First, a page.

By Lookout Staff
October 1, 2009 -- Known for its diversity, Santa Monica College is helping make a rapidly growing segment of its student body feel at home by opening a Veterans Center this semester.
Located in a small complex of former faculty offices, the center will help the college better serve a special population that numbers between 300 to 350 students who face a complex set of challenges and needs, SMC officials said.
"Veterans trust other veterans," says Linda Sinclair, the center's coordinator. "Some veterans just want a place to decompress or feel comfortable."
The new center goes far beyond providing an oasis of trust and comfort for these students, officials said. The facility has a part-time counselor, part-time secretary and part-time student assistant, herself a vet.
It also has a free textbook-lending library, a meeting room and a computer-tutoring room. In addition, there is an office where representatives from other SMC departments or outside agencies -- such as Financial Aid, Disabled Students and the Veterans Administration -- can come to provide assistance and guidance to the students.
Sinclair hopes to establish an emergency loan fund and hold brown bag lunches on veterans' topics.
Student veterans have complex problems and needs, officials said. They range from post-traumatic stress syndrome, brain injuries and substance abuse. Some also have to deal with financial problems, even with help from the G.I. Bill and other funding sources.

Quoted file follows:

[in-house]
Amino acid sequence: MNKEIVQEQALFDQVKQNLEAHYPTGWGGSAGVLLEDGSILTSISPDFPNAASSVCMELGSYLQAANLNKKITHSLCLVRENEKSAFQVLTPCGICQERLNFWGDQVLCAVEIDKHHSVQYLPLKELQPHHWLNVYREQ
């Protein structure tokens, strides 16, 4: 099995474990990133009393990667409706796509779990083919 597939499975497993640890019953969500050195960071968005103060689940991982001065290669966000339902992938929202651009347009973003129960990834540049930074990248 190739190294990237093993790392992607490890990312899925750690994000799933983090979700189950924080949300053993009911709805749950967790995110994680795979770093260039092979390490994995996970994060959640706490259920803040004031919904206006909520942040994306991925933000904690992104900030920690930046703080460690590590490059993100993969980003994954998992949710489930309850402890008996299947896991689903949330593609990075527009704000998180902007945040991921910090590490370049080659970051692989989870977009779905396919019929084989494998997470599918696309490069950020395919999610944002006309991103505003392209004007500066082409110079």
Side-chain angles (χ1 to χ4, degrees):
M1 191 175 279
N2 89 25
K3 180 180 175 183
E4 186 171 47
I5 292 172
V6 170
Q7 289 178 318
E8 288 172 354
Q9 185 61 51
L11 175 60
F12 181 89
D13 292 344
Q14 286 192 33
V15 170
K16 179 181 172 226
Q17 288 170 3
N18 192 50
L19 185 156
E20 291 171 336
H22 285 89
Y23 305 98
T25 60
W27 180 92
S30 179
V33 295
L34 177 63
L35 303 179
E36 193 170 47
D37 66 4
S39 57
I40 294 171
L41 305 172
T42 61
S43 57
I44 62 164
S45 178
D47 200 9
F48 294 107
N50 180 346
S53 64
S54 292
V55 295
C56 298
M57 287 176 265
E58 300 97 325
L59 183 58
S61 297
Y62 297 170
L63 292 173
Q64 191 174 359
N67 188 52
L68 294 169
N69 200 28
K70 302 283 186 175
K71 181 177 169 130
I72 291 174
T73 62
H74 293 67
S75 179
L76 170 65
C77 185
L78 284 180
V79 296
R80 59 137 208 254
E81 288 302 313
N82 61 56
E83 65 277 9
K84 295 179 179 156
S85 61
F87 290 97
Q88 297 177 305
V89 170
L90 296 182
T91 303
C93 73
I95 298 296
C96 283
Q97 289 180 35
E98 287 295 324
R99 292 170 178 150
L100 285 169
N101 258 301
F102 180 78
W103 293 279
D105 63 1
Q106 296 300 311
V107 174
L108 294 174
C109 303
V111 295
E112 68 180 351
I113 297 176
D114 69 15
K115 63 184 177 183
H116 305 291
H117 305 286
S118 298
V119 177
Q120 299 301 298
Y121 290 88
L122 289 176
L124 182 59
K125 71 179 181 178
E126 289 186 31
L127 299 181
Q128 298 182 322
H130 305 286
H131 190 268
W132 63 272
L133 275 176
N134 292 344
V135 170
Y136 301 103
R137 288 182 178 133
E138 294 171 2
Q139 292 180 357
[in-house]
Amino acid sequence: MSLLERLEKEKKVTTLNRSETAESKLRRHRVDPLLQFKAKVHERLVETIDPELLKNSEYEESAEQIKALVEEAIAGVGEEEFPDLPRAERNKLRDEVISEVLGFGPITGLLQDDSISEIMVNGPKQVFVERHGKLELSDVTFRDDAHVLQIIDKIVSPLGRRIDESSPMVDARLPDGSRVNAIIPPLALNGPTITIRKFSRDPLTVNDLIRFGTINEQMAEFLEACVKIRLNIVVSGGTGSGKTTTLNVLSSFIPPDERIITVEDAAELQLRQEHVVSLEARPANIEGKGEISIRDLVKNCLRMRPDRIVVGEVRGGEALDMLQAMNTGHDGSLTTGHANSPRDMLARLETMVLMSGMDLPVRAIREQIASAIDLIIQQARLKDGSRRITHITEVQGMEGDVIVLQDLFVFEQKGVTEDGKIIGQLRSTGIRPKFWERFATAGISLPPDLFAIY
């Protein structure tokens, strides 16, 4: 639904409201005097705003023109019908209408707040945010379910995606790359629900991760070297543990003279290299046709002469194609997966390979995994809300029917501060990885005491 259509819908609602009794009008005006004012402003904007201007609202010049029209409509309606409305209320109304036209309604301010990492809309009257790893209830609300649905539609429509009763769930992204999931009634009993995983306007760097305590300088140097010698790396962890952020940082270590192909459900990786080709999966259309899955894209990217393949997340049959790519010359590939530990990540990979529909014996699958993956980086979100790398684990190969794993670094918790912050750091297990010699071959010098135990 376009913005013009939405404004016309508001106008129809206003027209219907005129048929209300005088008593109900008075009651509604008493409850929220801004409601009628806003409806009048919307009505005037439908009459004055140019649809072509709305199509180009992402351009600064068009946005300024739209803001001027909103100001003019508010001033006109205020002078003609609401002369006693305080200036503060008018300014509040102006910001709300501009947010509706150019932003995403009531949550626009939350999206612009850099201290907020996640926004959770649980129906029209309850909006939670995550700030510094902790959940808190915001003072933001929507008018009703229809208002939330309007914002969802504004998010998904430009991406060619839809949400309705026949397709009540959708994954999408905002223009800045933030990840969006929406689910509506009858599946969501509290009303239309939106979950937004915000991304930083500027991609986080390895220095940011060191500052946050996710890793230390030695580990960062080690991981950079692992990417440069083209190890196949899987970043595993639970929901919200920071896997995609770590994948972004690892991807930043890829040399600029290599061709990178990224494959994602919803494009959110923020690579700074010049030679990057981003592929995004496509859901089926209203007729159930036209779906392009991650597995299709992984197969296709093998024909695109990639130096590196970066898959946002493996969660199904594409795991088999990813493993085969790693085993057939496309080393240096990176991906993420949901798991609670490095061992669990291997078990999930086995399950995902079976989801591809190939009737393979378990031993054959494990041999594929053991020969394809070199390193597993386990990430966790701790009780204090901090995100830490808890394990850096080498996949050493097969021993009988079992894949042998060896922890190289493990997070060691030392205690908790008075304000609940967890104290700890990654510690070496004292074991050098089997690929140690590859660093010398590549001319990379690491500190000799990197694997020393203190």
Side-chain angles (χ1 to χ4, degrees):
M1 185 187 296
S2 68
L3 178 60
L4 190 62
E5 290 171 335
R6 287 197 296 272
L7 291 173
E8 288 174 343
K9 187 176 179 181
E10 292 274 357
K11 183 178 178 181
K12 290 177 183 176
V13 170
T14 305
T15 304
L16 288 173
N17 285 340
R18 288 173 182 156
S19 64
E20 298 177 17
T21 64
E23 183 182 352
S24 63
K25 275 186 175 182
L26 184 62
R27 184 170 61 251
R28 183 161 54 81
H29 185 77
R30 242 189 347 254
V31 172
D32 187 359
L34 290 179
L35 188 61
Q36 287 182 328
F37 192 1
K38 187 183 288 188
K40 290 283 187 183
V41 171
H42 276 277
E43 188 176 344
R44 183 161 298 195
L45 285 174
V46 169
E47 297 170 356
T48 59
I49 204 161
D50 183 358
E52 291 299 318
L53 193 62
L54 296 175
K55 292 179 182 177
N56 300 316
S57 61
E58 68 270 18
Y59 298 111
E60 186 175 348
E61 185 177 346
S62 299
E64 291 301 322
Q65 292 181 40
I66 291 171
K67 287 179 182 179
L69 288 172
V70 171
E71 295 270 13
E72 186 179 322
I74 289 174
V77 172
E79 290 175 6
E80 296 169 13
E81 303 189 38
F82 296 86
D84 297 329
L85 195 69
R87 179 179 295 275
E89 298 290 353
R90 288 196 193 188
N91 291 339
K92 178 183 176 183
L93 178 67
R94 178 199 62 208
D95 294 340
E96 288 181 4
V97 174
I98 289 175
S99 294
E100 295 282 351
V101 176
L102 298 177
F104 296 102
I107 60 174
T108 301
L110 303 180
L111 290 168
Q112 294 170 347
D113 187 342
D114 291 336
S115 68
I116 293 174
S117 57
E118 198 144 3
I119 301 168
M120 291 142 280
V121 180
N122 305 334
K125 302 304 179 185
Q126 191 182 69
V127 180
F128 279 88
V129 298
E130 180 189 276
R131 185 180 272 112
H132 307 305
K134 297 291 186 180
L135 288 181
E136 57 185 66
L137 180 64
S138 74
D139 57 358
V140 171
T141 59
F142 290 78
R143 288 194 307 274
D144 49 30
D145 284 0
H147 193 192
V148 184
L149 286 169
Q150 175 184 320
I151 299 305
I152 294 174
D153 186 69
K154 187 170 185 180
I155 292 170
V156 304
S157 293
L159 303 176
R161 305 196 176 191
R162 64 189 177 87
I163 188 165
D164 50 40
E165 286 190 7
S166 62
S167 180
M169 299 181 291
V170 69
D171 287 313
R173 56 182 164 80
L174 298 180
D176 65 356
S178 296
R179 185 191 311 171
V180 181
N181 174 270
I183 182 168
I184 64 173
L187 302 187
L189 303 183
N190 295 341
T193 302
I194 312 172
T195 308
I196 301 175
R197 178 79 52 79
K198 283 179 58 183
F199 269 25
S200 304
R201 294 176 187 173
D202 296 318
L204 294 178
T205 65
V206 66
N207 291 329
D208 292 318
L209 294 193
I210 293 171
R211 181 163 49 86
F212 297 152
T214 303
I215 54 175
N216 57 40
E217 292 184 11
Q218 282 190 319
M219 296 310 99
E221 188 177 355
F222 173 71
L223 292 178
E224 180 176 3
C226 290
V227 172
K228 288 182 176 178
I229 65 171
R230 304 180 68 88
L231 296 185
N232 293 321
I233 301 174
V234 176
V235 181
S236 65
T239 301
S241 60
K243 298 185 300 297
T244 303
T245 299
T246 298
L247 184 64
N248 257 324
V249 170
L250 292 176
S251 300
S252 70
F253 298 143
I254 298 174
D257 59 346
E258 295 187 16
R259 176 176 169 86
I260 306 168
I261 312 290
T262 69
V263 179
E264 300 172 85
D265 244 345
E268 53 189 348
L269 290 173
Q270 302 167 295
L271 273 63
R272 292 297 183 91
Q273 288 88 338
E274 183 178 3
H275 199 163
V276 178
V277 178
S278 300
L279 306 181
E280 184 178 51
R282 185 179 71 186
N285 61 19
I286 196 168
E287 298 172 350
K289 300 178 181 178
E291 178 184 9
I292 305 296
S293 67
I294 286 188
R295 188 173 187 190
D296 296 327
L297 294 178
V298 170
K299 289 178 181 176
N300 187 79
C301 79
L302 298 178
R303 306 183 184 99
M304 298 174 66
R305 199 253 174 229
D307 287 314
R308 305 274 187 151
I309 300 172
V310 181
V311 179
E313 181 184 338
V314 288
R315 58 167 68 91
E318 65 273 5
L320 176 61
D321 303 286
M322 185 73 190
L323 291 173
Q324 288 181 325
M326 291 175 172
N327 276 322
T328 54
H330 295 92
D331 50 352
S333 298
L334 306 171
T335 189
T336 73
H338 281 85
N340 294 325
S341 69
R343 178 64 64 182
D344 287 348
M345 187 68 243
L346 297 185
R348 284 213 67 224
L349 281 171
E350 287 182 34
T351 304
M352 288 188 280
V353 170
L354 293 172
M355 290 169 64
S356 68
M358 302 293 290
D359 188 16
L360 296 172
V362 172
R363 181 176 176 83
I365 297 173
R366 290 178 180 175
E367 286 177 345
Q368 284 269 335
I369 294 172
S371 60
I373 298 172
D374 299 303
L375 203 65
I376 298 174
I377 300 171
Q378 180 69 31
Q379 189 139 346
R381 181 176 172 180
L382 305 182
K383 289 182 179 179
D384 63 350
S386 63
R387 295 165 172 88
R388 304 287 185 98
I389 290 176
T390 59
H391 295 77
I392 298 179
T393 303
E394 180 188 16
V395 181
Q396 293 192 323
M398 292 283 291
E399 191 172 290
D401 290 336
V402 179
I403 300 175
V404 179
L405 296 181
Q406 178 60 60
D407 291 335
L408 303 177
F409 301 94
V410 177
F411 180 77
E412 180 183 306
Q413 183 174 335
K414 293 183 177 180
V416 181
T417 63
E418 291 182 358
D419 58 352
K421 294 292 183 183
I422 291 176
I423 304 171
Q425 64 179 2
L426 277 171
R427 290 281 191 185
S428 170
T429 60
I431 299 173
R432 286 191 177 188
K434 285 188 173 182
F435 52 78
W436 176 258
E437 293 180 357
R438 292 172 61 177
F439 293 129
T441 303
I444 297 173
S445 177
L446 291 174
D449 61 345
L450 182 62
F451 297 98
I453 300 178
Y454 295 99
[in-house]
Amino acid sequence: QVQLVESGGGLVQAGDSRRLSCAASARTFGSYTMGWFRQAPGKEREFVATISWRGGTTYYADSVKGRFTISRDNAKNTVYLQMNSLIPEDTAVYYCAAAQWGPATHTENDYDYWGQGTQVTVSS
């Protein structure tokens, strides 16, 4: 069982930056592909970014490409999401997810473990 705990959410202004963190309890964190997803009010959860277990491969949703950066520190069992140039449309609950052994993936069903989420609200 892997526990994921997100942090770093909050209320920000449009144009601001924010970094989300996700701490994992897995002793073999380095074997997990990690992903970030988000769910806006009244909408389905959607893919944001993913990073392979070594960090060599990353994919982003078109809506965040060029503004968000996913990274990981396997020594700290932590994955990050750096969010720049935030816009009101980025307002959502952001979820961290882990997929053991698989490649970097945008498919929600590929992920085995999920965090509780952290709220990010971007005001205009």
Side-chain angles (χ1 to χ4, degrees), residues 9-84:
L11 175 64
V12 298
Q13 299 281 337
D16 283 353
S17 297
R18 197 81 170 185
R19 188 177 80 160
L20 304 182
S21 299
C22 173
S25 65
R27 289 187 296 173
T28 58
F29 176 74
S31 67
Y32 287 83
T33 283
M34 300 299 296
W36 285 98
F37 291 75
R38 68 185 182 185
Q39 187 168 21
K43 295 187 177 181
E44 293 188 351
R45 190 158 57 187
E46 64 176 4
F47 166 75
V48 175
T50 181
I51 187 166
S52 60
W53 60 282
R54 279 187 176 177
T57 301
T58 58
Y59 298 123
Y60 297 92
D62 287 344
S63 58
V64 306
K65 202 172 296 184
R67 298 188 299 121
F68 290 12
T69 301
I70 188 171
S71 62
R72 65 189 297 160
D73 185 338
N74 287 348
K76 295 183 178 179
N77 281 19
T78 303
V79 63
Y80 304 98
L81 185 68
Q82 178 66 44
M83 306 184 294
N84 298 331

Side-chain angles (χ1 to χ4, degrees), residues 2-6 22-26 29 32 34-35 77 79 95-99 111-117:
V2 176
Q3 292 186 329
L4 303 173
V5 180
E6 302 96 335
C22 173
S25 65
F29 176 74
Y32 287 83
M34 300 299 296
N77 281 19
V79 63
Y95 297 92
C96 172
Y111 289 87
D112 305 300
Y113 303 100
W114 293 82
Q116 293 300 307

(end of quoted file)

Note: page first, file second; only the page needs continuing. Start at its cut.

Some of the student veterans also have a difficult time adjusting to civilian and campus life. One of them is Adam Lybbert, who served in the military for four years, including seven months with a communications battalion stationed just outside Fallujah
"I honestly couldn't even deal with people when I came out of the Marine Corps," Lybbert said. "I was very on edge, so I needed to take a few months off. I know a number of guys who take time off and travel to figure out who they are."
Though Lybbert says he was "lucky" to remain mostly on base during his Iraq stint, he noted that he was in the area during the bloody Battle of Fallujah in late 2004 and that "I had several experiences with incoming fire and several close calls with that."
SMC has made great strides in handling veterans' issues ever since it recognized the need for specialized attention in 2005 and assigned Sinclair, a counselor, to this population, college officials said.
Sinclair teaches a Student Success Seminar specially tailored to veterans, volunteers with a Post-Traumatic Stress Syndrome program for Vietnam vets and worked with the SMC Center for Students with Disabilities on an SMC-VA program to help returning soldiers with brain injuries.
"We're lucky to have these veterans home and lucky that SMC is a welcoming place for them," Sinclair said.
"It's important that we do all in our power to help these men and women get the education they need so they can write a fulfilling and successful new chapter in their lives."